Every Thursday during the month of September I have asked the many amazing people I have met online – through Facebook, Twitter and Instagram – to be part of a slightly different format to my ongoing Thought Provoking Thursday project.

Rather than posing a thought-provoking question, like in previous weeks, I have been asking people to complete sentences regarding a range of health issues.

We have together completed the sentences:

Mental health is…

Suicide is…

Physical health is…

If you missed them you can click on the above links to see our online communities responses and a video I produced for each week.

Ending our months reflections with the sentence completion task:

Chronic illness is…

Encapsulating the experience of living with a chronic illness has illustrated the true strength of humanity and my fellow spoonies openness, vulnerability, courage and all-round badassery.

We can all read scientific definitions, Google ‘what is…’, but it is by honouring and giving space for the depth of human experience that we can learn from one another and develop a more compassionate world.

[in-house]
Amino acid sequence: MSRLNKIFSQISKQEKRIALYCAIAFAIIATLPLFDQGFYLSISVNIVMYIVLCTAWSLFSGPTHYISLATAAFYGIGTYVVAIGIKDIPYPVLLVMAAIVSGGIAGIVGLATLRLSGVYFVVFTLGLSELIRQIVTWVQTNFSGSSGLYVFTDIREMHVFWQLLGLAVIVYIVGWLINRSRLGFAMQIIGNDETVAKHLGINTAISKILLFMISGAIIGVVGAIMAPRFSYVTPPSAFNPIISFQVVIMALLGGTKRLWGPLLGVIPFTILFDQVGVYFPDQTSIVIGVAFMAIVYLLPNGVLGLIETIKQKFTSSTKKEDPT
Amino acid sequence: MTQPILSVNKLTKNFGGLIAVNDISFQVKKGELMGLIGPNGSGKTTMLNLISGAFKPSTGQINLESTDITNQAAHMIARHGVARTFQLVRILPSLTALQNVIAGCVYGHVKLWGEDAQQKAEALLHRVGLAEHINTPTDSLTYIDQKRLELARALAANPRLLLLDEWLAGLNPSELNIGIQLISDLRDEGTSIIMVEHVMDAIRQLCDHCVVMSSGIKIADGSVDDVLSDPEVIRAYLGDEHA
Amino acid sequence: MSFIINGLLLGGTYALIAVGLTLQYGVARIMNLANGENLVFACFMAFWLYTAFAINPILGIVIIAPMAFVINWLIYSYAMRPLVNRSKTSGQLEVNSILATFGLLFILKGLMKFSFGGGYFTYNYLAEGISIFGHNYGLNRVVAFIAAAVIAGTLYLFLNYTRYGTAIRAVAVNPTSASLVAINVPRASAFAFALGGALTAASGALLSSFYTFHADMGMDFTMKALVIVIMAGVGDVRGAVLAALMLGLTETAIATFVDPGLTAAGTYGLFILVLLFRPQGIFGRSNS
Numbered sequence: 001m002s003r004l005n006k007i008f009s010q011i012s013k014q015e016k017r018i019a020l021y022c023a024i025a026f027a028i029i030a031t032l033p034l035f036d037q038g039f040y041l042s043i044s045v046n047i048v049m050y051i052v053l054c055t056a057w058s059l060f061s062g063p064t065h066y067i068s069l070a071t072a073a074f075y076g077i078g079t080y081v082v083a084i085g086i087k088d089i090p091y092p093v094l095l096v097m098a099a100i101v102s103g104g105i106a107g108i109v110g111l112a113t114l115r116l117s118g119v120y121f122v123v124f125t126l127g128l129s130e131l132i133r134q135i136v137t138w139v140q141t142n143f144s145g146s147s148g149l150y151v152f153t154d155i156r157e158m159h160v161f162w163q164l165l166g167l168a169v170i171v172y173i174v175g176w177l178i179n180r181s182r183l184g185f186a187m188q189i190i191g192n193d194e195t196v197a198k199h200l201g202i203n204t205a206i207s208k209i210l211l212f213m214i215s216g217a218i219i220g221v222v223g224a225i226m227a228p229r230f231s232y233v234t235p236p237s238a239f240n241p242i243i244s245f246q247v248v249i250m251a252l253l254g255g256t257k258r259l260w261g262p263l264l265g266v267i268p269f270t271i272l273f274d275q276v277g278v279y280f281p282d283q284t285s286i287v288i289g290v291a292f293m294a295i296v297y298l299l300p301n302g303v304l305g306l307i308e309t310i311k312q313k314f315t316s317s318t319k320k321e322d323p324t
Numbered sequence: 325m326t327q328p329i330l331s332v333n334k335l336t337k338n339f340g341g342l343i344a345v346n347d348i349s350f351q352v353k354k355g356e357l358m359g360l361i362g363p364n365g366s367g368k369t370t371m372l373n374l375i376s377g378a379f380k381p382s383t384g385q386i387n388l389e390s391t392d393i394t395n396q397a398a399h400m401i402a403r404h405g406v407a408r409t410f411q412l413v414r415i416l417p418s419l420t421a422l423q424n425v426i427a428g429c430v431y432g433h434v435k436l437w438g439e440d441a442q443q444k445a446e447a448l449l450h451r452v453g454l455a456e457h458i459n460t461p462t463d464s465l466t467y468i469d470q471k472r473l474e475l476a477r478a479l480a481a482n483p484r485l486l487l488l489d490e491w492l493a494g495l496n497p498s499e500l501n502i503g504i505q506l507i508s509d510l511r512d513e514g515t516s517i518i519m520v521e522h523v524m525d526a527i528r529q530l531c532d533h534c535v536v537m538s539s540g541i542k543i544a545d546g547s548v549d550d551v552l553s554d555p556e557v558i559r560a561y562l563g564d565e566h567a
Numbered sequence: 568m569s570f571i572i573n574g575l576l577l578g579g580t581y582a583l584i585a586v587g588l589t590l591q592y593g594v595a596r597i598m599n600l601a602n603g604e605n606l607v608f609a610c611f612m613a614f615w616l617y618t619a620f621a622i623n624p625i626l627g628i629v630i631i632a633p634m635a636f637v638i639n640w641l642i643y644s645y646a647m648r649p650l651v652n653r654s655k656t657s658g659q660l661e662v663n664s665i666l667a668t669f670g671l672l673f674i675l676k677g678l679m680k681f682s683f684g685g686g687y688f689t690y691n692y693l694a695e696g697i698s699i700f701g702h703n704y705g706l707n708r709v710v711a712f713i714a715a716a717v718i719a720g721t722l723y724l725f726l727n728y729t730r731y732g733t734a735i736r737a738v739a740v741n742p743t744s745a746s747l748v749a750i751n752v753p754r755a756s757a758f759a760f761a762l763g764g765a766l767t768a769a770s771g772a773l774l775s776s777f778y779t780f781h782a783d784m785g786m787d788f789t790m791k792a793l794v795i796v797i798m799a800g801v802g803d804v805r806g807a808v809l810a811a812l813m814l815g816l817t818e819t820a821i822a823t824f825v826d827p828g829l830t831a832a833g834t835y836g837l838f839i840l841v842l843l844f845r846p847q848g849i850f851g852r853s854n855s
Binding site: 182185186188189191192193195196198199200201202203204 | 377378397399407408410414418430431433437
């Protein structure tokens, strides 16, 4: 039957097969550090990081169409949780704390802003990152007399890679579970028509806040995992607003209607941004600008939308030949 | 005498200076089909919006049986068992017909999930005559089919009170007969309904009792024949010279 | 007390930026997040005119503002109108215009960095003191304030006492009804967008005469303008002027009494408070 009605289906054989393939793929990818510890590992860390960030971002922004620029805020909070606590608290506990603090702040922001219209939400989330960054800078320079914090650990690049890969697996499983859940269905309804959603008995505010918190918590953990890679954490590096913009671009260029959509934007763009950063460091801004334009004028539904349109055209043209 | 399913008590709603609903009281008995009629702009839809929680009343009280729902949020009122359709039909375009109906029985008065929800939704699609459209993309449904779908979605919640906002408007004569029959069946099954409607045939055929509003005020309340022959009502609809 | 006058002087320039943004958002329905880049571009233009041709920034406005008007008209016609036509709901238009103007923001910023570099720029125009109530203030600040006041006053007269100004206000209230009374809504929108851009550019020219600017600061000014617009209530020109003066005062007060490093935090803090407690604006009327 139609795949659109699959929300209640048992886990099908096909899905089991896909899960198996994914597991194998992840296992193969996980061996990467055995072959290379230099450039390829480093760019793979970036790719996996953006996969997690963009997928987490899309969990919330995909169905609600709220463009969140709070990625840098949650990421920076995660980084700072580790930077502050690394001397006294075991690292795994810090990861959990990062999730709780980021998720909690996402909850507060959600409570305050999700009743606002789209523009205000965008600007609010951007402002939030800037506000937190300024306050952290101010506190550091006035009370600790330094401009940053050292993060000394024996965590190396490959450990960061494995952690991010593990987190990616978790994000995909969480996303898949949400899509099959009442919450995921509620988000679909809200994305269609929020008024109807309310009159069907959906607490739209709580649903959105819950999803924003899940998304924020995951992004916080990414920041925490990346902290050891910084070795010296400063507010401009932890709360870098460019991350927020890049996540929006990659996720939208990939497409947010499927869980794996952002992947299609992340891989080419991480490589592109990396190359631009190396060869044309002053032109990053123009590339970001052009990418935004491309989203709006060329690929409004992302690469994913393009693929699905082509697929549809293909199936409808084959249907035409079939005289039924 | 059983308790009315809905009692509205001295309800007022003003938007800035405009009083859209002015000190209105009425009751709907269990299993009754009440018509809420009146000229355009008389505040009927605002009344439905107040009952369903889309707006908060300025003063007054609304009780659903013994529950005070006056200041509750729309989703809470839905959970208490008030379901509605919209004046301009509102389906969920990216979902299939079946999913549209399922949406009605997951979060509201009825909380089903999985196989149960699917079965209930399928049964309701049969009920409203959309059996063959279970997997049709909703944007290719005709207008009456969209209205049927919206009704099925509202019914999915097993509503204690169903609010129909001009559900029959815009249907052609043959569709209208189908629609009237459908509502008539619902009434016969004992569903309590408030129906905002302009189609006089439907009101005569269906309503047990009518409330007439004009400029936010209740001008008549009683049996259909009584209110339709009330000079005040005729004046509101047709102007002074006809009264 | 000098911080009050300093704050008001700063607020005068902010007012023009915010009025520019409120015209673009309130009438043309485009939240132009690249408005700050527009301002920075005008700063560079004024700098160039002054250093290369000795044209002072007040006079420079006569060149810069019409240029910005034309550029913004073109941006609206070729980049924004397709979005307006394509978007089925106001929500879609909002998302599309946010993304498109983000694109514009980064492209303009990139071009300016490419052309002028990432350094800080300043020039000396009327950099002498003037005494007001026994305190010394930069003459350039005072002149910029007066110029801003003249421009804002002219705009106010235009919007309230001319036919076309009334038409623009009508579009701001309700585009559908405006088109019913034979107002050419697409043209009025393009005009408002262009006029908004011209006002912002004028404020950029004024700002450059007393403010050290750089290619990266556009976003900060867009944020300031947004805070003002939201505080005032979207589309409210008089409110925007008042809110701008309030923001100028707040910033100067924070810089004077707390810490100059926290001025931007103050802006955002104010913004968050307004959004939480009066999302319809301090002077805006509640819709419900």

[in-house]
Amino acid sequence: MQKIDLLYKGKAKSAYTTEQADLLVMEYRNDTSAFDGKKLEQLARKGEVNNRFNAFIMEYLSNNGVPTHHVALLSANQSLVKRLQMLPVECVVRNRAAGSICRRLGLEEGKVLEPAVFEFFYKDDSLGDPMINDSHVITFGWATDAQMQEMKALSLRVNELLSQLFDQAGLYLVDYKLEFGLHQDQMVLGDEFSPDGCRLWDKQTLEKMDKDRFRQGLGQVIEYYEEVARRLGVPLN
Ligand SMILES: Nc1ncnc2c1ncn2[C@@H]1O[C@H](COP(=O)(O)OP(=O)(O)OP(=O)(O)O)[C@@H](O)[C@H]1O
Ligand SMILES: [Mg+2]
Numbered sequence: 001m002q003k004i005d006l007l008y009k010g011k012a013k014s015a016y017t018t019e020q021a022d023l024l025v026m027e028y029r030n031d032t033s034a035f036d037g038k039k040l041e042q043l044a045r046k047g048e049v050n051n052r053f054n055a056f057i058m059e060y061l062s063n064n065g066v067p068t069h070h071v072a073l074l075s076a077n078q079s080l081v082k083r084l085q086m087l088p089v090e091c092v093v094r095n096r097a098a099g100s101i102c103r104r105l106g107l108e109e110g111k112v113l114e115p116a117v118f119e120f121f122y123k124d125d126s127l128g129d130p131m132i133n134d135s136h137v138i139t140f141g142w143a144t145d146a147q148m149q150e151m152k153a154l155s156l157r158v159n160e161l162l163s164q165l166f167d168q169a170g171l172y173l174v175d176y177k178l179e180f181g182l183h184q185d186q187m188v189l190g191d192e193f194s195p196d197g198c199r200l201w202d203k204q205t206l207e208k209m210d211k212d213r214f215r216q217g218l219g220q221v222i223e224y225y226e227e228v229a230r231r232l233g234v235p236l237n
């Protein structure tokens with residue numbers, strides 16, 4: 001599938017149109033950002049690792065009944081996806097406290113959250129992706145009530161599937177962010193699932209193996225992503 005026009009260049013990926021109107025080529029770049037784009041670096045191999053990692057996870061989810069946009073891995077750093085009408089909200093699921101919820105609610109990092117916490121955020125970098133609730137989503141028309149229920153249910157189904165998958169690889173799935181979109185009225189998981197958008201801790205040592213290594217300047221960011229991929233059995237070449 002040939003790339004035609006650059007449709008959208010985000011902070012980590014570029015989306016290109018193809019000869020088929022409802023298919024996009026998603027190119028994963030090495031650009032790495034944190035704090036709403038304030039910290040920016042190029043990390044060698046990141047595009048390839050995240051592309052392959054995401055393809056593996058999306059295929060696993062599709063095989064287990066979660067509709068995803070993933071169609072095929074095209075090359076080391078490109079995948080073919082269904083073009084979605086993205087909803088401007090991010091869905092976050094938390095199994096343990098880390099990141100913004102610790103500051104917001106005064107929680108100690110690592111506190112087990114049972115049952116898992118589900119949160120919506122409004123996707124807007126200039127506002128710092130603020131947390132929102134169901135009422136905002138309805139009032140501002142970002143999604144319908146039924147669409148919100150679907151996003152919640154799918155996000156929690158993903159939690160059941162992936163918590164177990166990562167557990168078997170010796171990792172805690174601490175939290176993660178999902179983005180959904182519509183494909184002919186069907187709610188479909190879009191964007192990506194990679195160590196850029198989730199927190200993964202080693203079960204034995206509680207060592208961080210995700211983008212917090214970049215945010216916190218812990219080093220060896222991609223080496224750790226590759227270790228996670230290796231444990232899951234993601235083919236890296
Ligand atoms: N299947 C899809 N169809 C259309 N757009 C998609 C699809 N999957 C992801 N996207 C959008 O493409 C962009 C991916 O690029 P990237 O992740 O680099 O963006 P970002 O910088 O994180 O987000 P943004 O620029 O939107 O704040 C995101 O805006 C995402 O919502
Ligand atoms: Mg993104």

So please, let’s all take the time to continue to give a voice to that which is often unspoken or unheard.


Chronic illness is…


A list of everybody’s responses:

Chronic illness is what I have, not who I am.

Chronic illness is an everyday uphill struggle. 

Chronic illness is invisibility and silence. Solitary confinement with no parole.

Chronic illness is often invisible, which means people forget about or don’t understand a reaction or a choice to do not do something that is deemed ‘ normal or everyday’. It’s the small things which are often taken for granted which can hurt the most.

Chronic illness is challenging, especially when you have travelled around the world for work and hope to see dear friends then have to cancel plans so you can rest. It can also be full of blessings that lead you to make changes to your life that are wonderful.

Chronic illness is simultaneously having to live with the knowledge that some do not believe you could possibly be as impacted by physical difficulties as you say you are and others can’t see you for how capable you are.

Chronic illness is the physical, psychological, and emotional process of thinking you know the state of yourself, finding you may be mistaken, and then learning and evolving to meet a new norm–over and over again.

Chronic illness is debilitating, but open your MIND up instead, there is so much in our minds to explore. I have severe arthritis etc and enjoying learning lots of new things which I read about and watch documentaries. 

Chronic illness is lonely, and requires the development of great self-faith, courage, and humility. It’s another reminder that we need kinder, more human communities than we often currently have. 

Chronic illness is discovering just how resourceful and strong you really are as you battle a world full of limitations.

Chronic illness is coming to a level of acceptance I’m content with, even if I could go a bit further to take things in my stride. Even so, the shadow of a former life still lingers.